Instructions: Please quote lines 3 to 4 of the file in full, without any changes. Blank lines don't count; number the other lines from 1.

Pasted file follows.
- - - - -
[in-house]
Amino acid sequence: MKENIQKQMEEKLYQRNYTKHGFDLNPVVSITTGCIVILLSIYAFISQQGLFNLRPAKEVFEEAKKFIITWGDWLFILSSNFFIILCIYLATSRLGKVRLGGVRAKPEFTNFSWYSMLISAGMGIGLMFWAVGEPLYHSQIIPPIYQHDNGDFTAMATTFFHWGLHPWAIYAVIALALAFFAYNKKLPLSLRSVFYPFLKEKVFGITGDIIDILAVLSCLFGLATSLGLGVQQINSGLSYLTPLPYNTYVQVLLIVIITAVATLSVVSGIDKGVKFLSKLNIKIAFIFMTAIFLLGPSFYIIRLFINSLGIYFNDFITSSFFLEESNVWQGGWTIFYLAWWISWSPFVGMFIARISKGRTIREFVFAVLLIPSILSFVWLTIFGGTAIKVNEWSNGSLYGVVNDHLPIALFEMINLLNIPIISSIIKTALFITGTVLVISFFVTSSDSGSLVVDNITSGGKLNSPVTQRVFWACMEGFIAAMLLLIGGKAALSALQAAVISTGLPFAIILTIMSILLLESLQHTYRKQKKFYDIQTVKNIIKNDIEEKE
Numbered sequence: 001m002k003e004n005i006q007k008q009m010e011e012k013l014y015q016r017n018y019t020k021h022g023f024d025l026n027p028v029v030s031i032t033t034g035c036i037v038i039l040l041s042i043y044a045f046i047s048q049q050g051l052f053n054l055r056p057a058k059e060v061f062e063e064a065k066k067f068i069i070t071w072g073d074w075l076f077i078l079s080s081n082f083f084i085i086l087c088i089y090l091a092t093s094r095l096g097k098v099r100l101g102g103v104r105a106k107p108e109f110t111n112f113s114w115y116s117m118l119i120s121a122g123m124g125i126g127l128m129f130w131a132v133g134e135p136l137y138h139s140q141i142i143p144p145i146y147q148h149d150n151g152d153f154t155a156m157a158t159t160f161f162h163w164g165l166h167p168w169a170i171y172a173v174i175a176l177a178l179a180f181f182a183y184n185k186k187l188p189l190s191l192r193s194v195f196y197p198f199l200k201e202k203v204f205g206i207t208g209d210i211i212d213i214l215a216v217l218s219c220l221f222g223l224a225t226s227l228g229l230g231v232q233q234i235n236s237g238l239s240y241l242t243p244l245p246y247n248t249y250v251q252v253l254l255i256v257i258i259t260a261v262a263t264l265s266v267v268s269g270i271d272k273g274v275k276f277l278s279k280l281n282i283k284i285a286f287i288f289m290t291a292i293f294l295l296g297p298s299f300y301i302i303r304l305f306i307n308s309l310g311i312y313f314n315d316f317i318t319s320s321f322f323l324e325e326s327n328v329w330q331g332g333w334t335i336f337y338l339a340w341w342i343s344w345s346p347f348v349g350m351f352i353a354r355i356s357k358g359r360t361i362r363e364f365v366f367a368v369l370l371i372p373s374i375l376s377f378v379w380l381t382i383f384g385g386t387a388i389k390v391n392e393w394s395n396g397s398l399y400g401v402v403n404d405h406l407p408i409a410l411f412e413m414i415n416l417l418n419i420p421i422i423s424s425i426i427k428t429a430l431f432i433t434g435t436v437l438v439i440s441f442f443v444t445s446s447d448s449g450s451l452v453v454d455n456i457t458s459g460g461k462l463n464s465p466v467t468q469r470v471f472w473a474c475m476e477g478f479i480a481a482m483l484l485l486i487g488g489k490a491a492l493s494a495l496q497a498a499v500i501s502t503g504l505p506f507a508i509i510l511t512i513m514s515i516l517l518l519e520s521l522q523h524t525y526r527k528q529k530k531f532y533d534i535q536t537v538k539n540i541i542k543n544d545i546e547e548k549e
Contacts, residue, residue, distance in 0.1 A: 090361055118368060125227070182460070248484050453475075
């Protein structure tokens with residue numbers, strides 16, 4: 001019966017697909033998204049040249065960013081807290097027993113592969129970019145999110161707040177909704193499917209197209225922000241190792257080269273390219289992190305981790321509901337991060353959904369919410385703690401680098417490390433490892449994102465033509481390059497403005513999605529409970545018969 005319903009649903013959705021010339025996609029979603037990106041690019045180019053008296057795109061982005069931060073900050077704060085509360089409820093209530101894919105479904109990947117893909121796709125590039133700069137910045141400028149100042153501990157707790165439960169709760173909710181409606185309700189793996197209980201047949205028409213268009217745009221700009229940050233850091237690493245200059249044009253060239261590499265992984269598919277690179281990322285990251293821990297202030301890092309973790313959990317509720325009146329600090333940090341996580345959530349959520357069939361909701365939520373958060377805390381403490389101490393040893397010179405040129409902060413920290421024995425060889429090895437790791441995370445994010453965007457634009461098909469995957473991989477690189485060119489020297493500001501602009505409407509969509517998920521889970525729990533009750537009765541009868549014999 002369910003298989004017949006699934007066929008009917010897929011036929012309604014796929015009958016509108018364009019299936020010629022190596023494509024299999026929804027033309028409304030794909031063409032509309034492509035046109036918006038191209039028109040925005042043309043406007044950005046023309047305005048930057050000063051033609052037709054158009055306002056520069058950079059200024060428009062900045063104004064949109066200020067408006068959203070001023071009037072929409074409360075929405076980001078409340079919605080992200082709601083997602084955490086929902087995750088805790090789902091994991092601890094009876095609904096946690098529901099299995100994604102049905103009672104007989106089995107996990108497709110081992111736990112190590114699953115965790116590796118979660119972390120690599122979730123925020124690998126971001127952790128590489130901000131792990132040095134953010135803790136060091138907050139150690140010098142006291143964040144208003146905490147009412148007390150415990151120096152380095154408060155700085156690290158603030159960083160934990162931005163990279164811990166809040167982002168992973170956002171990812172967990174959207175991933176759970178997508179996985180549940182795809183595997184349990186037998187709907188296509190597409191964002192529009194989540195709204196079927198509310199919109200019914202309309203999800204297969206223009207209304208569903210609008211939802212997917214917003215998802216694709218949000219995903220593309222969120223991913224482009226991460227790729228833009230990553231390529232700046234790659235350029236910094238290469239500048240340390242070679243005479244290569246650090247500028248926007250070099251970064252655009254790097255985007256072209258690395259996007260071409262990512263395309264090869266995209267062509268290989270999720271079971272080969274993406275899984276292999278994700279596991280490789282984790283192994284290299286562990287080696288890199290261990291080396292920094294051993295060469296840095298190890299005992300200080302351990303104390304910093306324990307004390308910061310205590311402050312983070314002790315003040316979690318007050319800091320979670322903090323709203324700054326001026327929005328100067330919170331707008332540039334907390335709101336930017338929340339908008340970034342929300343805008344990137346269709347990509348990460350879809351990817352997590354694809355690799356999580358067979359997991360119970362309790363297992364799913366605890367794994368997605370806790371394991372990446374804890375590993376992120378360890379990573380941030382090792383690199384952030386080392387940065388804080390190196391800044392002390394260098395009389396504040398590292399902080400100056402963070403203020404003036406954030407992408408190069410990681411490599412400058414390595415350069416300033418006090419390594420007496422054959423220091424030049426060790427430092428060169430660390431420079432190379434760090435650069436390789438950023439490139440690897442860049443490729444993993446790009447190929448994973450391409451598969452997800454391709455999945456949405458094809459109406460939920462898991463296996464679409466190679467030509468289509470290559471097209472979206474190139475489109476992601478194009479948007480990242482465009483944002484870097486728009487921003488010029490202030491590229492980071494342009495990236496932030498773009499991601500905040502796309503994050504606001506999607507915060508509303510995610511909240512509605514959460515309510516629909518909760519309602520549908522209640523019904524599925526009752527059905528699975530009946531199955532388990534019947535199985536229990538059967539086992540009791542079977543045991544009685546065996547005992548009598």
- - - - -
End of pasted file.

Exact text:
Numbered sequence: 001m002k003e004n005i006q007k008q009m010e011e012k013l014y015q016r017n018y019t020k021h022g023f024d025l026n027p028v029v030s031i032t033t034g035c036i037v038i039l040l041s042i043y044a045f046i047s048q049q050g051l052f053n054l055r056p057a058k059e060v061f062e063e064a065k066k067f068i069i070t071w072g073d074w075l076f077i078l079s080s081n082f083f084i085i086l087c088i089y090l091a092t093s094r095l096g097k098v099r100l101g102g103v104r105a106k107p108e109f110t111n112f113s114w115y116s117m118l119i120s121a122g123m124g125i126g127l128m129f130w131a132v133g134e135p136l137y138h139s140q141i142i143p144p145i146y147q148h149d150n151g152d153f154t155a156m157a158t159t160f161f162h163w164g165l166h167p168w169a170i171y172a173v174i175a176l177a178l179a180f181f182a183y184n185k186k187l188p189l190s191l192r193s194v195f196y197p198f199l200k201e202k203v204f205g206i207t208g209d210i211i212d213i214l215a216v217l218s219c220l221f222g223l224a225t226s227l228g229l230g231v232q233q234i235n236s237g238l239s240y241l242t243p244l245p246y247n248t249y250v251q252v253l254l255i256v257i258i259t260a261v262a263t264l265s266v267v268s269g270i271d272k273g274v275k276f277l278s279k280l281n282i283k284i285a286f287i288f289m290t291a292i293f294l295l296g297p298s299f300y301i302i303r304l305f306i307n308s309l310g311i312y313f314n315d316f317i318t319s320s321f322f323l324e325e326s327n328v329w330q331g332g333w334t335i336f337y338l339a340w341w342i343s344w345s346p347f348v349g350m351f352i353a354r355i356s357k358g359r360t361i362r363e364f365v366f367a368v369l370l371i372p373s374i375l376s377f378v379w380l381t382i383f384g385g386t387a388i389k390v391n392e393w394s395n396g397s398l399y400g401v402v403n404d405h406l407p408i409a410l411f412e413m414i415n416l417l418n419i420p421i422i423s424s425i426i427k428t429a430l431f432i433t434g435t436v437l438v439i440s441f442f443v444t445s446s447d448s449g450s451l452v453v454d455n456i457t458s459g460g461k462l463n464s465p466v467t468q469r470v471f472w473a474c475m476e477g478f479i480a481a482m483l484l485l486i487g488g489k490a491a492l493s494a495l496q497a498a499v500i501s502t503g504l505p506f507a508i509i510l511t512i513m514s515i516l517l518l519e520s521l522q523h524t525y526r527k528q529k530k531f532y533d534i535q536t537v538k539n540i541i542k543n544d545i546e547e548k549e
Contacts, residue, residue, distance in 0.1 A: 090361055118368060125227070182460070248484050453475075